(800) 400-6633 | Free, Confidential Assistance.

The Washington Post  (12/9, Johnson) “Wonkblog” reports that an investigation by the Senate Special Committee on Aging “kicked off Wednesday with specialists from all corners of the [healthcare] system testifying that they’re powerless to manage the out-of-control prescription costs.” According to the Washington Post, a recurring theme at the hearing “was that competition had dried up, resulting in a broken system that allowed some older drug prices to spiral out of control in ways that called for government to intervene.”

The New York Times  (12/10, B3, Pollack, Subscription Publication) reports that the hearing “focused on two companies in particular, Turing Pharmaceuticals…and Valeant Pharmaceuticals International.” Lawmakers from both parties “denounced huge overnight price increases for decades-old drugs that have been made by some pharmaceutical companies lately, calling them unconscionable and detrimental to patients.” The Times adds, “Most of the hearing, which was described as the first in a series, was devoted to looking at the impact of the sudden price increases on doctors, patients, and hospitals.”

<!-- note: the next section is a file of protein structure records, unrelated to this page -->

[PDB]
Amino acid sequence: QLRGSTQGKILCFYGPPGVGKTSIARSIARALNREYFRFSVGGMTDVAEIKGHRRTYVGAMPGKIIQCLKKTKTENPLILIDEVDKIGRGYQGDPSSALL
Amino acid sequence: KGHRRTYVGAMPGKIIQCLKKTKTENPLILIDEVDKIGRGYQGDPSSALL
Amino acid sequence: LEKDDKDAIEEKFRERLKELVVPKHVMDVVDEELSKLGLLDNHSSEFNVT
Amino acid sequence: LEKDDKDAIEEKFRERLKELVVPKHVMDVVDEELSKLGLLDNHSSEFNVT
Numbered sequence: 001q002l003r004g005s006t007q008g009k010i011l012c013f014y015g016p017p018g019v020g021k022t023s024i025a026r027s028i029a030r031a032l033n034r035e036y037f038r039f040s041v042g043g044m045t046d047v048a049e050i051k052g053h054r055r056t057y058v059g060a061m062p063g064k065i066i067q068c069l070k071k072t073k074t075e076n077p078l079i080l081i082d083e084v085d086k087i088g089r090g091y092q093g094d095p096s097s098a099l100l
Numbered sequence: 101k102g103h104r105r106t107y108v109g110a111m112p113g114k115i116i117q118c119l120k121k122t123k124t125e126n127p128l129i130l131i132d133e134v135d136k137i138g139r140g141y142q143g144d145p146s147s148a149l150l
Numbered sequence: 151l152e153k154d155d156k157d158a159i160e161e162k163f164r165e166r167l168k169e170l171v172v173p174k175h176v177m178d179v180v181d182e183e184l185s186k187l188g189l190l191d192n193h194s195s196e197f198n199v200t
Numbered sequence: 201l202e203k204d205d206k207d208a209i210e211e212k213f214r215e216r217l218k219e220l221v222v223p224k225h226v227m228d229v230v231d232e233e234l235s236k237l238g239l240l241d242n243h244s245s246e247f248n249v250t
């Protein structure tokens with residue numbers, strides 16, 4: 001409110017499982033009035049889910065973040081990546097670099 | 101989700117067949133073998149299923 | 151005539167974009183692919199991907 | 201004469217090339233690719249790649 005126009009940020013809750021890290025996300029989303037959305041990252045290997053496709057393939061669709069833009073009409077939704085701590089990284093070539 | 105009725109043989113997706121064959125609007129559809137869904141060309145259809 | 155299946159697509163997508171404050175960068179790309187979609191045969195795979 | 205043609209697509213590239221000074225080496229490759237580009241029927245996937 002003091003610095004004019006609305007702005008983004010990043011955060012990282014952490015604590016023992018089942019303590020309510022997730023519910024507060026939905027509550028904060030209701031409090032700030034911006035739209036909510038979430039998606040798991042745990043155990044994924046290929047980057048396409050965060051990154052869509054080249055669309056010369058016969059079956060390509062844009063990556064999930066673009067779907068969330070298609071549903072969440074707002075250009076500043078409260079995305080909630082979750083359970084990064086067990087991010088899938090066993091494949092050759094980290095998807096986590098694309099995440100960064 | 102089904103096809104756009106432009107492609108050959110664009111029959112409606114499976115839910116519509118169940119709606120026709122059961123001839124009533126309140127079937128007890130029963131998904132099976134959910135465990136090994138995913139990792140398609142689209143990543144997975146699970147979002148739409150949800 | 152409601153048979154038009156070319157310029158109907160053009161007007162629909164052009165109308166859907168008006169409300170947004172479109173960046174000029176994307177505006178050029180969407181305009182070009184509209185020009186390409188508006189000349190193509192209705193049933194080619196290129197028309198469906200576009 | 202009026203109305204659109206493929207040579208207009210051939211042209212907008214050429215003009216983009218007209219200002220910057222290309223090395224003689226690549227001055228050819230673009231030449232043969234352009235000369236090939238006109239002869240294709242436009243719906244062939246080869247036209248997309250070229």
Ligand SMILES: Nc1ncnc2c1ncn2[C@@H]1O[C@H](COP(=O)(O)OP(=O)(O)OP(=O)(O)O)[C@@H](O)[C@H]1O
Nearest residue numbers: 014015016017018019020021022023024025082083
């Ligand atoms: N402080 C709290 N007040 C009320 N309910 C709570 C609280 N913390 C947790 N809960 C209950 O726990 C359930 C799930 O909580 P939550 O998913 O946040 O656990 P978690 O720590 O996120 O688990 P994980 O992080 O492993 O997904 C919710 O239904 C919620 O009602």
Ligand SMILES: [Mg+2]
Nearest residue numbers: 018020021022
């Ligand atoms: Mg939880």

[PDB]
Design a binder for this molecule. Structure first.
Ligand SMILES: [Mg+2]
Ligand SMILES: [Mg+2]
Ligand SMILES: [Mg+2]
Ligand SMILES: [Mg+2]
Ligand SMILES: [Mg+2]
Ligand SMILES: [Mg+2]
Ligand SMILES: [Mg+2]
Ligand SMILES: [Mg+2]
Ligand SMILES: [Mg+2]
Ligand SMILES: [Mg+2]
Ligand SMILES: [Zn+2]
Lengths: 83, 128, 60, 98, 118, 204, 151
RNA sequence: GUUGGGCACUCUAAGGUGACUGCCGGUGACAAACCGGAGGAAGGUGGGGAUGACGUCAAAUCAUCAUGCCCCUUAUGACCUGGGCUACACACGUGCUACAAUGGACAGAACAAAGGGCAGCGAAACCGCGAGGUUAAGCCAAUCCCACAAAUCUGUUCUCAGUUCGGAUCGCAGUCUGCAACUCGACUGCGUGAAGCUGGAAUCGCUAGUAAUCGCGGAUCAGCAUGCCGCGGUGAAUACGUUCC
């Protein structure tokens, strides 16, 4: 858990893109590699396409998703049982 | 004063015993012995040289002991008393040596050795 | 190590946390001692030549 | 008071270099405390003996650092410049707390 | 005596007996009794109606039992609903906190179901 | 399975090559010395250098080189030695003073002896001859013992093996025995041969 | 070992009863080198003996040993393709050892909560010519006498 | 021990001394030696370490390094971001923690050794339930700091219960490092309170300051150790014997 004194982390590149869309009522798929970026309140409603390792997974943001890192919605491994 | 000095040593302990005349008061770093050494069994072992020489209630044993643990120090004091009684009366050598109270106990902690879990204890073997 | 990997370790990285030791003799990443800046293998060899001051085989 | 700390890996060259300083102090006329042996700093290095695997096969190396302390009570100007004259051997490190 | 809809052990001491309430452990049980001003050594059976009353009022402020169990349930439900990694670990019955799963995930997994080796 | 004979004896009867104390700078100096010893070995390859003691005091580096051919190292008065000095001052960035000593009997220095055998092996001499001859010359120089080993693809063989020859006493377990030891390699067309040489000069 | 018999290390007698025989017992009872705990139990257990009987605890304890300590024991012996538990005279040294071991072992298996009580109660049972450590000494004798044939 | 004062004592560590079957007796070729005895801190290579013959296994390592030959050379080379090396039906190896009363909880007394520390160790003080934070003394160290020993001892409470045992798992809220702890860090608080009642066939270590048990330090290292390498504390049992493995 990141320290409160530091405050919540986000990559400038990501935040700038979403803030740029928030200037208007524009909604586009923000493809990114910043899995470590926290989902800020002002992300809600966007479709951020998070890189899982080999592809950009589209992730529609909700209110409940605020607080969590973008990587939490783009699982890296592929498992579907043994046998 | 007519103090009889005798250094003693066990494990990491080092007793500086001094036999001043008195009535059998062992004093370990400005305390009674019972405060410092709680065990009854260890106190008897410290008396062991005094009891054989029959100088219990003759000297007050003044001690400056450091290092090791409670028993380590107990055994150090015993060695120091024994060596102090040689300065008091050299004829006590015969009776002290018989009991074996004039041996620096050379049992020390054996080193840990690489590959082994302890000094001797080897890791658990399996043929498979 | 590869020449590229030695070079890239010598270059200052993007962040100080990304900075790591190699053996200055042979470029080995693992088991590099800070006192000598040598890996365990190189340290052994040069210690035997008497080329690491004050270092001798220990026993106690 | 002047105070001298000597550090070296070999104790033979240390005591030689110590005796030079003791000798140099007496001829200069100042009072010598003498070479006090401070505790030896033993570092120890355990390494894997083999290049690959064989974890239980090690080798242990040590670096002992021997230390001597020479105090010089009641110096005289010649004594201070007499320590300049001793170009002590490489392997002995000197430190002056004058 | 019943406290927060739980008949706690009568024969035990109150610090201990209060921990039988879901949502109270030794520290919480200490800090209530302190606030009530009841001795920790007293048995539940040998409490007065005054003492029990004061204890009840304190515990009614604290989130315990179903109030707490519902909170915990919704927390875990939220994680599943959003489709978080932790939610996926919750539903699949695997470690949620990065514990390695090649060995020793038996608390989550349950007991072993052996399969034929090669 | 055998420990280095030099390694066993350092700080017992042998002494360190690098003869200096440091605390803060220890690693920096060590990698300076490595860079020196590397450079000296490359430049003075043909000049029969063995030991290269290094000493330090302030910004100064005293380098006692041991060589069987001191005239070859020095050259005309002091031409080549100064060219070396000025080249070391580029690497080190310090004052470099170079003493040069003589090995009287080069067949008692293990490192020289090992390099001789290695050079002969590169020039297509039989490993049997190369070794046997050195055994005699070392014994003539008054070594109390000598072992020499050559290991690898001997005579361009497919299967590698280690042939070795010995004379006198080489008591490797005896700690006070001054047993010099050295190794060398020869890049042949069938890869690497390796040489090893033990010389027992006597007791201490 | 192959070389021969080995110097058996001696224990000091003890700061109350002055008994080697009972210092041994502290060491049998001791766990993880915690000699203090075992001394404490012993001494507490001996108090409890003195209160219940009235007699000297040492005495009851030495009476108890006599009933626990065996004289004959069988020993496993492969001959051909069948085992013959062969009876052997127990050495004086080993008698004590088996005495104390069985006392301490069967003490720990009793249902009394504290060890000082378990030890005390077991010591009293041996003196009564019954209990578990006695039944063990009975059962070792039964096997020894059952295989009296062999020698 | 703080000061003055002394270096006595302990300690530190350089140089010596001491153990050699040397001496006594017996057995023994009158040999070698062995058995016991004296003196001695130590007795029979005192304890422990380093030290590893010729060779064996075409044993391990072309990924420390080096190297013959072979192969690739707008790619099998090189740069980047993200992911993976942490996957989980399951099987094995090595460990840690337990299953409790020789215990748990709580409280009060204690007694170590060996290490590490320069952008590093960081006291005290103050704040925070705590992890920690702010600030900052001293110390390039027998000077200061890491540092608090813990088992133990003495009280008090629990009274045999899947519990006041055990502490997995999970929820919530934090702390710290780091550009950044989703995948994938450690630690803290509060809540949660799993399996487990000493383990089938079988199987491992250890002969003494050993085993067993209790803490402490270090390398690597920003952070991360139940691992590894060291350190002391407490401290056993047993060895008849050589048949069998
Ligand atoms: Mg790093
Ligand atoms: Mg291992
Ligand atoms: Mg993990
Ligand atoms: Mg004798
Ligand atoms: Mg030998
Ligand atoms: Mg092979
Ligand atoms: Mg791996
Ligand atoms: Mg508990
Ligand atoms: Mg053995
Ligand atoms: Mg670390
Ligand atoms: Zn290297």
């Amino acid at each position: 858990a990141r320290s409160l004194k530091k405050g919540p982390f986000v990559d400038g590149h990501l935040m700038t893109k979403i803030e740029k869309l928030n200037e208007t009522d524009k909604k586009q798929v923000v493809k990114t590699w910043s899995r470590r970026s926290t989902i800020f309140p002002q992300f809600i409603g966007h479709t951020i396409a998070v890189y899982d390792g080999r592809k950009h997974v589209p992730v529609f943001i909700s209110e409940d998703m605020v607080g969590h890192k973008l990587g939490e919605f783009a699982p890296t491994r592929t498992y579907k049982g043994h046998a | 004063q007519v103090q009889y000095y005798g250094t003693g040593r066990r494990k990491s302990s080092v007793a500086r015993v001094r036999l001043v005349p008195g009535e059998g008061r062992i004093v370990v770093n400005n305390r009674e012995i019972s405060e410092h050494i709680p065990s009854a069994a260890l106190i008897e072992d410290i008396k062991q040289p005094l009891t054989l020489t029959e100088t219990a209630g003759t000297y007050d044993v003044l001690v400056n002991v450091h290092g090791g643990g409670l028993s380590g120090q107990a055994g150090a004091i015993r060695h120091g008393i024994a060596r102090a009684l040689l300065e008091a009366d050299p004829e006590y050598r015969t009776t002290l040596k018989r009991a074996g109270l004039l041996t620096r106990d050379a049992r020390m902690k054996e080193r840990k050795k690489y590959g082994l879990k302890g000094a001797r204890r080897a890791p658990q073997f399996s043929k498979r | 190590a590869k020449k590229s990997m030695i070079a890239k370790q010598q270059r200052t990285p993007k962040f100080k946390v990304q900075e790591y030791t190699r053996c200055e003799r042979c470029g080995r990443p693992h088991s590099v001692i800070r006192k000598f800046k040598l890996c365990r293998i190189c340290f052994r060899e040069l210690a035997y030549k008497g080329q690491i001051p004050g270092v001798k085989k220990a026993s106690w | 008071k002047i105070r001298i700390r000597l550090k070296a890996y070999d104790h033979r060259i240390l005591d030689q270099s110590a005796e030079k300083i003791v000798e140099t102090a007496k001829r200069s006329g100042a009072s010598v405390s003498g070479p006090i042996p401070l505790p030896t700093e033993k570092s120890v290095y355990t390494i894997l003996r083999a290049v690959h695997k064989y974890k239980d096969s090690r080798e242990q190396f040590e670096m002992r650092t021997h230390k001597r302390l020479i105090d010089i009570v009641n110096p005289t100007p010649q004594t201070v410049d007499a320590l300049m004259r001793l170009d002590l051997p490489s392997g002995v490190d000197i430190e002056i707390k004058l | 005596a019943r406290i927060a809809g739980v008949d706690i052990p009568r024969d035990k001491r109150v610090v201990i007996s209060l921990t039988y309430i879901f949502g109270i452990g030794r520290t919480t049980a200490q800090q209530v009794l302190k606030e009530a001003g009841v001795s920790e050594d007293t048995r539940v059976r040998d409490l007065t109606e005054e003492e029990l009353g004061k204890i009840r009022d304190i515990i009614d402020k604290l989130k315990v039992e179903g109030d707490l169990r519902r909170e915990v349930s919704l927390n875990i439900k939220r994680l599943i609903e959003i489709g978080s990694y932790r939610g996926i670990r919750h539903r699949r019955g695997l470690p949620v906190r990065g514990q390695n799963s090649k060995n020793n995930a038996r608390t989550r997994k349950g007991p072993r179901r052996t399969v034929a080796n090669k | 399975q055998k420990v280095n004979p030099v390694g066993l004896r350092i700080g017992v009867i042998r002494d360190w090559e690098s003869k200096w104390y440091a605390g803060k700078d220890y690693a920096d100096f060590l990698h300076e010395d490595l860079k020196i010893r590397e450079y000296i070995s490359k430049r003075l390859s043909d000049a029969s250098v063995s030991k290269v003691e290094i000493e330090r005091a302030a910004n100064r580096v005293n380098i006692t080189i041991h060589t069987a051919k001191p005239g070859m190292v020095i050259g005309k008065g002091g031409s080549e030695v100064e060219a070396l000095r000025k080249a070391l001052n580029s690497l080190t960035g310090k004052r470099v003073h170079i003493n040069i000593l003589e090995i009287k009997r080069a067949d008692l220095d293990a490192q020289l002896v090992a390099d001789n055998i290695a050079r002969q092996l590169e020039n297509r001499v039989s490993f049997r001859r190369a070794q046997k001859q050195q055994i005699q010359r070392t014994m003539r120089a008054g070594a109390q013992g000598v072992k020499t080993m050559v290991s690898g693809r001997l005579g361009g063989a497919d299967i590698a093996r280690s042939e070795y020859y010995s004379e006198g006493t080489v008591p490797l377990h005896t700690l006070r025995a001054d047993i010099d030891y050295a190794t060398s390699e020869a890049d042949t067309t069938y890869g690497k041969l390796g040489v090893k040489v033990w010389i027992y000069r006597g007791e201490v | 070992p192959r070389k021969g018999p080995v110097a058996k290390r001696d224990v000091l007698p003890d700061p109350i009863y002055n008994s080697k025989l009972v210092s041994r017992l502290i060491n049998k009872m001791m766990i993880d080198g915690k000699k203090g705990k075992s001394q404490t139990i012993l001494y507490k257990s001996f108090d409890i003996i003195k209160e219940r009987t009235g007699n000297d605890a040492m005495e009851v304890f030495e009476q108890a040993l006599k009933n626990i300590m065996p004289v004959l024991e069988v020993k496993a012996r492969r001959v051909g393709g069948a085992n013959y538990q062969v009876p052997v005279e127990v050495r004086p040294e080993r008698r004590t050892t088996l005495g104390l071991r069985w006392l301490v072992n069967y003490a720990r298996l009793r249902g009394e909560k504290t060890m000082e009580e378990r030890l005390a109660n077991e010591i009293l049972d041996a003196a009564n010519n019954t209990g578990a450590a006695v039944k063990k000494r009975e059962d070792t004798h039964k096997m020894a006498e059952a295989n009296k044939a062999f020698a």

USA Today  (12/10, McCoy) reports that lawmakers at the hearing “raised the prospect of adding new pricing rules to the [F]ederal government’s existing drug oversight system.”

The AP  (12/10, Gordon) reports that the Senate committee, “which oversees Social Security, Medicare and other programs for seniors, doesn’t have authority to write laws but often investigates industries that market to seniors.”

The Washington Examiner  (12/10, Bedard) reports that Sen. Susan Collins (R-ME), the chairwoman of the committee, said, “There is clearly a greater role for the FDA here.” According to the Washington Examiner, “the next hearing in the Senate committee’s investigation could delve deeper into possible solutions the FDA could implement.”

Also covering the story are Bloomberg News  (12/10, Tracer), Reuters  (12/10, Lynch, Berkrot), NPR  (12/10, Kodjak), The Hill  (12/10, Ferris), Congressional Quarterly  (12/10, Siddons, Subscription Publication), Fortune  (12/10, Lorenzetti), and US News & World Report  (12/10, Sternberg).